One step forward, two steps back.
Those who think that Nevada Governor Brian Sandoval (R) is a friend of renewable energy for his signing of a bill to restore net metering – 18 months after regulators he appointed abruptly dismantled the policy – can think again.
Only days after the high-profile signing of a bill to return net metering to the state at a Tesla warehouse in Las Vegas, Nevada Governor Sandoval quietly vetoed two other bills which would have advanced renewable energy in the state, through increasing Nevada’s renewable energy mandate and creating a community solar program.
Clean energy advocates mourned the death of AB 392, which would have made Nevada the 16th state in the nation to establish a community solar program. “Governor Sandoval’s disappointing decision to veto community solar access is at odds with the more than 70% of Nevadan voters who supported energy choices in November’s election, and with the overwhelming support for community solar from national security experts, faith communities, small businesses, and clean energy advocates,” stated Jessica Scott, interior west director at Vote Solar.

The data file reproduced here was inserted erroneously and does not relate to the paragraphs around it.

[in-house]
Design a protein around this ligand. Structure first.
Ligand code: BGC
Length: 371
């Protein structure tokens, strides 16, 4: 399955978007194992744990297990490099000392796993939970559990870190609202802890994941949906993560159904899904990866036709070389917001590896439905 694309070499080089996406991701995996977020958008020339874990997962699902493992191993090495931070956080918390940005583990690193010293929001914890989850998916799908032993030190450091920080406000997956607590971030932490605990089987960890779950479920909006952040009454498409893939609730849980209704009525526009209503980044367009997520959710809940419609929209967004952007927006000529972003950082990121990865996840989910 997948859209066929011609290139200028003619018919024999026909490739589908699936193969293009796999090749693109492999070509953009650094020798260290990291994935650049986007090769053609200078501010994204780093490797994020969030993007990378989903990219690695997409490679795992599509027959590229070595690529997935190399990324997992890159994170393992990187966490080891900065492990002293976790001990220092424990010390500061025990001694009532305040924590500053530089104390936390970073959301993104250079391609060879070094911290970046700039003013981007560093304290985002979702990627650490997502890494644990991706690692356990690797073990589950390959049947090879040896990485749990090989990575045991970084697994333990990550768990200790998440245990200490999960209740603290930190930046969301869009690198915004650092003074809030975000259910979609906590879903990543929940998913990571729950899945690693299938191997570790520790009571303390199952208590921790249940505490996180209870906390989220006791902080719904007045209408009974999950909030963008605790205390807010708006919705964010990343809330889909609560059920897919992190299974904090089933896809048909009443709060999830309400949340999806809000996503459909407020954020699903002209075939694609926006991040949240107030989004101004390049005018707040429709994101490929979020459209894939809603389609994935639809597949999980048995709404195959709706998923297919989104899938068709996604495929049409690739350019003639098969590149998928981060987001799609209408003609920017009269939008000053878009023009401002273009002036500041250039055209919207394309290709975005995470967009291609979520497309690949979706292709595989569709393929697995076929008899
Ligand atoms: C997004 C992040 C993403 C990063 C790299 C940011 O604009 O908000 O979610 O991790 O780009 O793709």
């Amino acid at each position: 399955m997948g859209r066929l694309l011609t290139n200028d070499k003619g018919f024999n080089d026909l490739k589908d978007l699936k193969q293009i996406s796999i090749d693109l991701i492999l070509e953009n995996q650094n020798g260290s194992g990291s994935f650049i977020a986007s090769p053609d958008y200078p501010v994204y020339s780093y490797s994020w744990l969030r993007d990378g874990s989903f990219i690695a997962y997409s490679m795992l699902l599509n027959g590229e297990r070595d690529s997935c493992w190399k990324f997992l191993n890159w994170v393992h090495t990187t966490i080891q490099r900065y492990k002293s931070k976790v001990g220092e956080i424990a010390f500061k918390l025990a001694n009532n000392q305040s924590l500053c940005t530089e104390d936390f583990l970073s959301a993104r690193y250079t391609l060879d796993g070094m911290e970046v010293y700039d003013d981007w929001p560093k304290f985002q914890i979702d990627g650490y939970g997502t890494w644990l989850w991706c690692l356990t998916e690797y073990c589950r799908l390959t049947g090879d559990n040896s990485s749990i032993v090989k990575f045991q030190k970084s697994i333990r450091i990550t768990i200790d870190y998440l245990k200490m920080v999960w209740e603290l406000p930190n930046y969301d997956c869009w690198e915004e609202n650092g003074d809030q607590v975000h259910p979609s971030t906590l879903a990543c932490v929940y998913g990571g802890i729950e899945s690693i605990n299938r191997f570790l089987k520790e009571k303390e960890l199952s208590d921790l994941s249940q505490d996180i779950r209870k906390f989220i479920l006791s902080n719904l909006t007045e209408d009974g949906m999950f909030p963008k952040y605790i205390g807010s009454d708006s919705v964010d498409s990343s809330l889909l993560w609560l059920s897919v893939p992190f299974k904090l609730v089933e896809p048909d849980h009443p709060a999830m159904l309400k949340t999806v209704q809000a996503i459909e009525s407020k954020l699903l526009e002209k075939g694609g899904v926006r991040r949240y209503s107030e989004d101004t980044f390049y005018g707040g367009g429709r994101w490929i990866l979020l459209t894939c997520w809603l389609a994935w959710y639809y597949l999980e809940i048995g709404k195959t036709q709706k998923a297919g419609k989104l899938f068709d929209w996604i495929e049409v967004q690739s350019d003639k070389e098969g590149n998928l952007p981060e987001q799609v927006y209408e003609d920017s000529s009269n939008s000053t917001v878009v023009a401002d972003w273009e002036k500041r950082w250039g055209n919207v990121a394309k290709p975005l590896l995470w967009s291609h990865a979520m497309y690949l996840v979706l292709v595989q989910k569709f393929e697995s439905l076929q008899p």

AB 206, the proposed increase to the state’s renewable portfolio standard (RPS) was also struck down by the governor’s pen. The bill would have increased the state’s renewable energy mandate from its current 25% by 2025 to 40% by 2030. This would have been the 8th-most ambitious RPS of any state, and would have provided additional incentives to energy storage.
However, the bill was opposed by Republican politicians, with only three Republicans legislators supporting the bill in the Nevada Assembly.
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